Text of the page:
COMING HOME TO CADDO LAKE
Overdyke’s plans to preserve one of our last wild places
It’s always nice to see one of Shreveport- Bossier’s own come back to enhance our community in a way that truly impacts others. Such is the case for Laura-Ashley Overdyke, who has just been named the executive director of the new Shreveport office of the Caddo Lake Institute.
Overdyke brings to Caddo Lake Institute (CLI) a rare combination of first-hand knowledge of the area itself, with nearly 20 years’ experience in programmatic leadership, communication and coalition building among non-profits, foundations and the media. She recently oversaw $12 million in grants for The Community Foundation of North Louisiana while also working with donors and grantees.
Caddo Lake Institute is a non-profit scientific and educational organization founded in 1992 to protect the ecological, cultural and economic integrity of Caddo Lake, its associated wetlands and watershed. Caddo Lake is recognized even outside our area for its biodiversity. Caddo Lake is a valuable resource to both Louisiana and Texas. “Caddo Lake is truly one of the last wild places,” said Overdyke. “I am so honored to continue a tradition of wise stewardship of our wetlands with the Caddo Lake Institute.
Overdyke plans to build upon the existing successes of CLI, including reintroduction of the prehistoric paddlefish, which was dependent upon restoring seasonal pulses of water in the rivers upstream of Caddo Lake. CLI has also focused on research for management of giant salvinia and other invasive species, restoring wetlands and leading the effort to establish the Caddo Lake National Wildlife Refuge in Karnack. Overdyke will split her time between the Shreveport and Karnack offices.
Overdyke grew up enjoying the many benefits of outdoor living near such a beautiful wetland environment. “I grew up skiing, fishing and shooting on Caddo Lake and know first-hand what a valuable resource it is to our region,” she said. “I have so many great memories, but the one that stands out the most is when it was time for me to go off to college. I was a daddy’s girl, and I spent a lot of time with him on that lake. Right before I left, the thing I wanted to do most was for the two of us to go to Caddo Lake together to watch the sunset, and that’s what we did.”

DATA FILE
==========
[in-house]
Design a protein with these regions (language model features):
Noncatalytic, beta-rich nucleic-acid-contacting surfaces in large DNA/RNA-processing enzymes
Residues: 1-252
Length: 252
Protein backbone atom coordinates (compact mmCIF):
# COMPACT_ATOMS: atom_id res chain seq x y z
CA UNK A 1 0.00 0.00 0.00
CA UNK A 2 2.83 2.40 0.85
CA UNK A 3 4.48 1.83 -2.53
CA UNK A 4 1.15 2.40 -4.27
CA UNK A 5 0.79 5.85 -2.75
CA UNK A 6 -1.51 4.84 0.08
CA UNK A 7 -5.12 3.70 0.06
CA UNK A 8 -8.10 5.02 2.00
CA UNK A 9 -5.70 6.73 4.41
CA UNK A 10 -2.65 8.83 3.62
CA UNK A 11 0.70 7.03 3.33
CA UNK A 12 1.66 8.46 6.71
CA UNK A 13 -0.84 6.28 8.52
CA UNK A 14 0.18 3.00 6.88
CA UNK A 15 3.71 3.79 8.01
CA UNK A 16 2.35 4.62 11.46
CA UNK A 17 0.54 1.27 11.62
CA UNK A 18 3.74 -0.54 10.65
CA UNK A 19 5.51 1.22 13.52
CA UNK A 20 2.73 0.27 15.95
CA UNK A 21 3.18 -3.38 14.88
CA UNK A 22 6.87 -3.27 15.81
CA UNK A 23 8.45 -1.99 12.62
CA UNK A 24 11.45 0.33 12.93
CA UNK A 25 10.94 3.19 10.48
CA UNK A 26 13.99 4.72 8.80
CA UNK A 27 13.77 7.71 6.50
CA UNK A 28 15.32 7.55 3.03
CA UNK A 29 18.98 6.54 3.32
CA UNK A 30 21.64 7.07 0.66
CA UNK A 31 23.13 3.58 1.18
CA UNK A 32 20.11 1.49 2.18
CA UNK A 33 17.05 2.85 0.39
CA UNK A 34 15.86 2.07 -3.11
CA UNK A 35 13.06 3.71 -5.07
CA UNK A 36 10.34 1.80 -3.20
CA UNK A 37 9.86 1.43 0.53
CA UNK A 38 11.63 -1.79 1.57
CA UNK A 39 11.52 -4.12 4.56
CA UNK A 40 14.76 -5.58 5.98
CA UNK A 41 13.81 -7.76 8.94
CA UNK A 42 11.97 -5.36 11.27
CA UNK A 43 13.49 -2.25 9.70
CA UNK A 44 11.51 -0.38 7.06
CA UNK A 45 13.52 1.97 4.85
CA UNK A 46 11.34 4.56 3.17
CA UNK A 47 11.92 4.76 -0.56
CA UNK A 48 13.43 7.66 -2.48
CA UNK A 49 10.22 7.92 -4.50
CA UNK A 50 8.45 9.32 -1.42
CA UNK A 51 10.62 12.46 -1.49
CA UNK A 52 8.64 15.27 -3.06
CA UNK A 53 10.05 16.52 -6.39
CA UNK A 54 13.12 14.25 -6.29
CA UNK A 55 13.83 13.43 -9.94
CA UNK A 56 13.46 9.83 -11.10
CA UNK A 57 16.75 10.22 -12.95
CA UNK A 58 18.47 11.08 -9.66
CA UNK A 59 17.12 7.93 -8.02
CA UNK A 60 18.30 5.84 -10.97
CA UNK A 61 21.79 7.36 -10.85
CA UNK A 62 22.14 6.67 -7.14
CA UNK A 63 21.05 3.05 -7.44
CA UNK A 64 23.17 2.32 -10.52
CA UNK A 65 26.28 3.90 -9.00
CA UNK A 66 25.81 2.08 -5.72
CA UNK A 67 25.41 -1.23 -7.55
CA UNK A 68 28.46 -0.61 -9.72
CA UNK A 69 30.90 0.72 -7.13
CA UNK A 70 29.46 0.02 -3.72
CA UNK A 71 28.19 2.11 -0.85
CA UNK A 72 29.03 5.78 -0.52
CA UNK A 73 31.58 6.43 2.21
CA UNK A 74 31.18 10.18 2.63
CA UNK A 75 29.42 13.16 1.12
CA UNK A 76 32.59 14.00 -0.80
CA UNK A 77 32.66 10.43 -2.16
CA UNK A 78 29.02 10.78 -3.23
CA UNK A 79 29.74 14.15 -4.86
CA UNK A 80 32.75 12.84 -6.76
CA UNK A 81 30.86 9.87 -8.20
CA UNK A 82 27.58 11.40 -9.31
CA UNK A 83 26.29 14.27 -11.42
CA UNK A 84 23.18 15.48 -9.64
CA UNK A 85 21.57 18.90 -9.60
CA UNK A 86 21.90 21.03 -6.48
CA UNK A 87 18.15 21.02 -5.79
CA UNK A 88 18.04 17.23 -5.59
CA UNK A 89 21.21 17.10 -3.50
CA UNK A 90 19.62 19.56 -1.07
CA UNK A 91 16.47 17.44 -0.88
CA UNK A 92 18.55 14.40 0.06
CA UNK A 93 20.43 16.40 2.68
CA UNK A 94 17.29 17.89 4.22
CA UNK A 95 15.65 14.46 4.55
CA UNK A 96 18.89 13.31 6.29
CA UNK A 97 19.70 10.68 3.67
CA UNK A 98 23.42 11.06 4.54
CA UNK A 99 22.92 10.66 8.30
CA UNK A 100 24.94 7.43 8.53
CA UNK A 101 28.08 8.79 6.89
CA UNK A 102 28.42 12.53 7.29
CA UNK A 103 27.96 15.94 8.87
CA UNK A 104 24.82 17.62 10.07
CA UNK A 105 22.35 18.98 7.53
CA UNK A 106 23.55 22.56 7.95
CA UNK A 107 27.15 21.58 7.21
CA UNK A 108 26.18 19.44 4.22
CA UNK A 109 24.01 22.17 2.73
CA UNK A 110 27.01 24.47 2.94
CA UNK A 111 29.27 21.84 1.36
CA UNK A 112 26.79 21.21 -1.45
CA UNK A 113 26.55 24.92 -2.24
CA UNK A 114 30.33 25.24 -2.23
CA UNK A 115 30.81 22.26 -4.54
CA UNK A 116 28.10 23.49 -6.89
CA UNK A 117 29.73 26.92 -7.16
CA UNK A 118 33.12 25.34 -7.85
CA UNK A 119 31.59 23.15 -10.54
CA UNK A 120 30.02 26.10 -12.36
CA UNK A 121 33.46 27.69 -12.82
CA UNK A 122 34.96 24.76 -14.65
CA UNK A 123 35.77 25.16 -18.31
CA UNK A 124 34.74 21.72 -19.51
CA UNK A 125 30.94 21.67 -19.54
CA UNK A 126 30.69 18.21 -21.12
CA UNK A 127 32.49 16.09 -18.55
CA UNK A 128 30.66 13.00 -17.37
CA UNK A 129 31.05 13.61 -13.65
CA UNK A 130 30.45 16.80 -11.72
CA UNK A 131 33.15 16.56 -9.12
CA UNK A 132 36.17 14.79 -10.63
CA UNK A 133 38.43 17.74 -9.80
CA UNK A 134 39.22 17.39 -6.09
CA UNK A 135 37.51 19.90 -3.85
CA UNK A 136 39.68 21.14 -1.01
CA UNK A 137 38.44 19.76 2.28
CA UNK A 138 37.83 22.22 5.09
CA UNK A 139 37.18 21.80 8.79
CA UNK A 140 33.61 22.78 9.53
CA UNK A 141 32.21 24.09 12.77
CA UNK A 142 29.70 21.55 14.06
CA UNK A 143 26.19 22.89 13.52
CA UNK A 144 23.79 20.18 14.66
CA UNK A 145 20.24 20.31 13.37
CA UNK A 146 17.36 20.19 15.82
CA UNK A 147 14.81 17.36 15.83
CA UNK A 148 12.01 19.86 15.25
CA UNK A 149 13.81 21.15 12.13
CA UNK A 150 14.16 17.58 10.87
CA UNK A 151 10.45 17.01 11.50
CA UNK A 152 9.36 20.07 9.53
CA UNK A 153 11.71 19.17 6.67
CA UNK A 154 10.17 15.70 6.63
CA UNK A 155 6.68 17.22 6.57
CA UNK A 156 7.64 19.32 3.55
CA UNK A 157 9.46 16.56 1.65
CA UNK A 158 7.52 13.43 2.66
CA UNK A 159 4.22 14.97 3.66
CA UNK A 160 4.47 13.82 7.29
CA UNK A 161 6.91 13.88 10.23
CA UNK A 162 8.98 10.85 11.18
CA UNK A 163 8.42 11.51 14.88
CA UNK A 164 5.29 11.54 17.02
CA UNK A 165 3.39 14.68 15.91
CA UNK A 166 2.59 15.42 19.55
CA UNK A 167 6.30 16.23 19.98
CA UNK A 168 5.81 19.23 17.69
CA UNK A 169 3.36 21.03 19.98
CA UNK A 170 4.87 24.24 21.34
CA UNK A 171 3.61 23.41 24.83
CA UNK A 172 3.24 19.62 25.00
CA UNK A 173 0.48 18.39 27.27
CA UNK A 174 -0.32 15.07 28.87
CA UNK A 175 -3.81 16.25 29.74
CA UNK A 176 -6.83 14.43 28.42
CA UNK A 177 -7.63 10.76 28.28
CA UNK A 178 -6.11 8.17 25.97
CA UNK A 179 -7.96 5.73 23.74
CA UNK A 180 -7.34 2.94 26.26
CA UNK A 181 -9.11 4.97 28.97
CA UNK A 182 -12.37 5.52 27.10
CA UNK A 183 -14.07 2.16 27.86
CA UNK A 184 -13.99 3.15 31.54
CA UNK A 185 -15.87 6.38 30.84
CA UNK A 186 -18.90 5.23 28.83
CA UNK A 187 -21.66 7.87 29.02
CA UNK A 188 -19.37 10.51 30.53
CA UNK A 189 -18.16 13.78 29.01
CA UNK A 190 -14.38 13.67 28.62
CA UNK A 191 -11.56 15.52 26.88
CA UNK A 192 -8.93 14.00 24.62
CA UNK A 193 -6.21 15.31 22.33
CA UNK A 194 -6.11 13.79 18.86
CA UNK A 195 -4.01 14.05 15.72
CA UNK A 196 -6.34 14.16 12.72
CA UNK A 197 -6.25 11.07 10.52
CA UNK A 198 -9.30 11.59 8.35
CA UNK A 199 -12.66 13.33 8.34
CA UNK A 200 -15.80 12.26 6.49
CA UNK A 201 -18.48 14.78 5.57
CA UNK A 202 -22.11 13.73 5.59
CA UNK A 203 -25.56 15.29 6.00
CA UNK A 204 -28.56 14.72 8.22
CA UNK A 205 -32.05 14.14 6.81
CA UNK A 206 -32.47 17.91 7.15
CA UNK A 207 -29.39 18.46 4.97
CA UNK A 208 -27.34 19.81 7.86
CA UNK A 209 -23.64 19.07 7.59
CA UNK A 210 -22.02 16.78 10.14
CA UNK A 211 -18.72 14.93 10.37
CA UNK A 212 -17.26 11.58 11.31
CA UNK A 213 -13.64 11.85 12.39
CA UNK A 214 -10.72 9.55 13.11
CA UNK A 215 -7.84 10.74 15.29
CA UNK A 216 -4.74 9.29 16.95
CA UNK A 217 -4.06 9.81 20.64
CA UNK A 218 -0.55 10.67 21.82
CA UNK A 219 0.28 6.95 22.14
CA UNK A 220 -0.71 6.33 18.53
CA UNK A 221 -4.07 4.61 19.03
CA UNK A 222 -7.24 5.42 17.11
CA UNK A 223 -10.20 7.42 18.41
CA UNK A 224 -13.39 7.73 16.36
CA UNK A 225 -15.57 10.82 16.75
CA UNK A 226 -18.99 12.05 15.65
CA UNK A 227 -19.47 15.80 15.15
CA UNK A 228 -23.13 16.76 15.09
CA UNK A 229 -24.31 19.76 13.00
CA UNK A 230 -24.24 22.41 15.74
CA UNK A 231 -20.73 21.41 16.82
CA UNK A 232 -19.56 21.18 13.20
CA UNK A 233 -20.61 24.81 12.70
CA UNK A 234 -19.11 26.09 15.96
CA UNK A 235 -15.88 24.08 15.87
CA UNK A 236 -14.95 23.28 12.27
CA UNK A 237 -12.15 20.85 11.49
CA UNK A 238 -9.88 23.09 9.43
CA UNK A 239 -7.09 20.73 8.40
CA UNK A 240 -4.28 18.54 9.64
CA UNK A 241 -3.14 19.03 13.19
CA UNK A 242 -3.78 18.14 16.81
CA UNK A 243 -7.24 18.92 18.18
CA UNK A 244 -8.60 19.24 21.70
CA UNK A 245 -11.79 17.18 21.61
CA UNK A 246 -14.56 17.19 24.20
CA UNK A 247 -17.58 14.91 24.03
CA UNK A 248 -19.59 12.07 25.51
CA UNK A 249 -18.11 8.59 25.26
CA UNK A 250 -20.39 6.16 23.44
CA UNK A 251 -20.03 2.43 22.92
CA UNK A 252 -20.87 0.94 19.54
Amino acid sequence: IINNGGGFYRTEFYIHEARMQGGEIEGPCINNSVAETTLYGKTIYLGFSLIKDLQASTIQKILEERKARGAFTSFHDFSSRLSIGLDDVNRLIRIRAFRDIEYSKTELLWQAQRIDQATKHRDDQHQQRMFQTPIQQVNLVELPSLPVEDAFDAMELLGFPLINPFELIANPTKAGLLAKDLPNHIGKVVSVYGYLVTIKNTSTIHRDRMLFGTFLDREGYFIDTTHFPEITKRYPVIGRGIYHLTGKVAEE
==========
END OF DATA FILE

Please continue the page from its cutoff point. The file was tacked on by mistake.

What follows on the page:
It was that story that moved CLI’s chairman and founder, Don Henley, to hire Overdyke. “He grew up in Linden, Texas, and when I told him about that special memory, he said, ‘That emotional connection is what we’re looking for.’” Overdyke attended Loyola High School in Shreveport before graduating from Washington and Lee University in Virginia in 1998. After taking a few classes at Harvard, she spent a decade working for the National Geographic Society in Washington, D.C. While there, she helped launch their Explorers-in-Residence grant program that featured historian and explorer Bob Ballard and historian Stephen Ambrose.
“Working on those projects was amazing,” Overdyke said. “I started out on the nonprofit side but then moved over to television when they established the National Geographic Channel. We had one of the fastest rollouts in cable history. There, I was research manager for a nightly news show.”
After that, Overdyke worked for the White House on the nation’s largest public health media campaign for five years. “That was a culture shift,” she said. “I had avoided politics in D.C. I had stayed in the nonprofit world. But my friends told me it was a nonpartisan position so I decided to try it. I got to work at the White House, and I was brand manager for the youth anti-drug campaign. I switched us from that brand of ‘anti-drug’ to being ‘above the influence.’ I also launched our prescription drug campaign at the Super Bowl.”
When Overdyke’s husband, Lloyd (who also grew up in Shreveport), was offered a job in Alexandria, La., they moved back closer to home. “It was while I was on maternity leave,” Overdyke said. “We made it back to Shreveport in 2011, and that’s when I went to work for KTBS as senior editorial producer. Lloyd is a landscape architect so he started his own architectural design firm here in Shreveport.”
The couple now have two girls, 7 and 9 years old. “I can’t wait to get them out on Caddo Lake,” Overdyke said. “Both Lloyd and I are thrilled to be back here for good.”
To learn more about the Caddo Lake Institute, visit www.caddolakeinstitute.us.
Laura Ashley Overdyke can be contacted at firstname.lastname@example.org.